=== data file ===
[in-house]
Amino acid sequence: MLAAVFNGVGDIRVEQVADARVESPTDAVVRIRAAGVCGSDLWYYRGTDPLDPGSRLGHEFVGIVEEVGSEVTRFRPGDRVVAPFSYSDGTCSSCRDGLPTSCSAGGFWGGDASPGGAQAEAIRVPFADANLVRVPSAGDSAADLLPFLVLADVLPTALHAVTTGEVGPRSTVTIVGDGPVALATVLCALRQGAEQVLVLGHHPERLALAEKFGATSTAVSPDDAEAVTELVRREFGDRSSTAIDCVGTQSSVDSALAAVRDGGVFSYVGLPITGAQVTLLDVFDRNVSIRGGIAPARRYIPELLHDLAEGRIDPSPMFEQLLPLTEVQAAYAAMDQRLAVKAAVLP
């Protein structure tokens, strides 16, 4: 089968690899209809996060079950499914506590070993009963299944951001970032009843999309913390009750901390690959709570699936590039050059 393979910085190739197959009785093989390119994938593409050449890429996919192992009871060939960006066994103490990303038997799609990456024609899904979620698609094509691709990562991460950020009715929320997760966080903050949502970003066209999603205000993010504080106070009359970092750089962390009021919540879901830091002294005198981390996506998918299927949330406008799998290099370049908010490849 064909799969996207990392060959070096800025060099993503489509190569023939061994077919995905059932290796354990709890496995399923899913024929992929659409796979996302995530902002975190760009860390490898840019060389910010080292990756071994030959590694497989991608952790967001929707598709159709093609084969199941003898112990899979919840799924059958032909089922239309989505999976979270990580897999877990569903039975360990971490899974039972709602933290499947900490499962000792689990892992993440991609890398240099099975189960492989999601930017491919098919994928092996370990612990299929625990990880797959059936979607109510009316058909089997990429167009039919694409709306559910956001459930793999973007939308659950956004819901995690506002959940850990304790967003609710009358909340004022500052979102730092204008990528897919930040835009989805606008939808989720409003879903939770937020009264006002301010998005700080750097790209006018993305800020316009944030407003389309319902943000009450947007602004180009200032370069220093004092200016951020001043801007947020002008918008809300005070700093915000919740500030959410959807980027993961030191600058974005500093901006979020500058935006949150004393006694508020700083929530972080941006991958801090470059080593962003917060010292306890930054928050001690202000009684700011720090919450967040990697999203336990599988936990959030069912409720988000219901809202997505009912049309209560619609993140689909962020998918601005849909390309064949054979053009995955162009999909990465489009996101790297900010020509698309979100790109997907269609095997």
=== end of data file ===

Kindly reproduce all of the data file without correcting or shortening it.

[in-house]
Amino acid sequence: MLAAVFNGVGDIRVEQVADARVESPTDAVVRIRAAGVCGSDLWYYRGTDPLDPGSRLGHEFVGIVEEVGSEVTRFRPGDRVVAPFSYSDGTCSSCRDGLPTSCSAGGFWGGDASPGGAQAEAIRVPFADANLVRVPSAGDSAADLLPFLVLADVLPTALHAVTTGEVGPRSTVTIVGDGPVALATVLCALRQGAEQVLVLGHHPERLALAEKFGATSTAVSPDDAEAVTELVRREFGDRSSTAIDCVGTQSSVDSALAAVRDGGVFSYVGLPITGAQVTLLDVFDRNVSIRGGIAPARRYIPELLHDLAEGRIDPSPMFEQLLPLTEVQAAYAAMDQRLAVKAAVLP
């Protein structure tokens, strides 16, 4: 089968690899209809996060079950499914506590070993009963299944951001970032009843999309913390009750901390690959709570699936590039050059 393979910085190739197959009785093989390119994938593409050449890429996919192992009871060939960006066994103490990303038997799609990456024609899904979620698609094509691709990562991460950020009715929320997760966080903050949502970003066209999603205000993010504080106070009359970092750089962390009021919540879901830091002294005198981390996506998918299927949330406008799998290099370049908010490849 064909799969996207990392060959070096800025060099993503489509190569023939061994077919995905059932290796354990709890496995399923899913024929992929659409796979996302995530902002975190760009860390490898840019060389910010080292990756071994030959590694497989991608952790967001929707598709159709093609084969199941003898112990899979919840799924059958032909089922239309989505999976979270990580897999877990569903039975360990971490899974039972709602933290499947900490499962000792689990892992993440991609890398240099099975189960492989999601930017491919098919994928092996370990612990299929625990990880797959059936979607109510009316058909089997990429167009039919694409709306559910956001459930793999973007939308659950956004819901995690506002959940850990304790967003609710009358909340004022500052979102730092204008990528897919930040835009989805606008939808989720409003879903939770937020009264006002301010998005700080750097790209006018993305800020316009944030407003389309319902943000009450947007602004180009200032370069220093004092200016951020001043801007947020002008918008809300005070700093915000919740500030959410959807980027993961030191600058974005500093901006979020500058935006949150004393006694508020700083929530972080941006991958801090470059080593962003917060010292306890930054928050001690202000009684700011720090919450967040990697999203336990599988936990959030069912409720988000219901809202997505009912049309209560619609993140689909962020998918601005849909390309064949054979053009995955162009999909990465489009996101790297900010020509698309979100790109997907269609095997």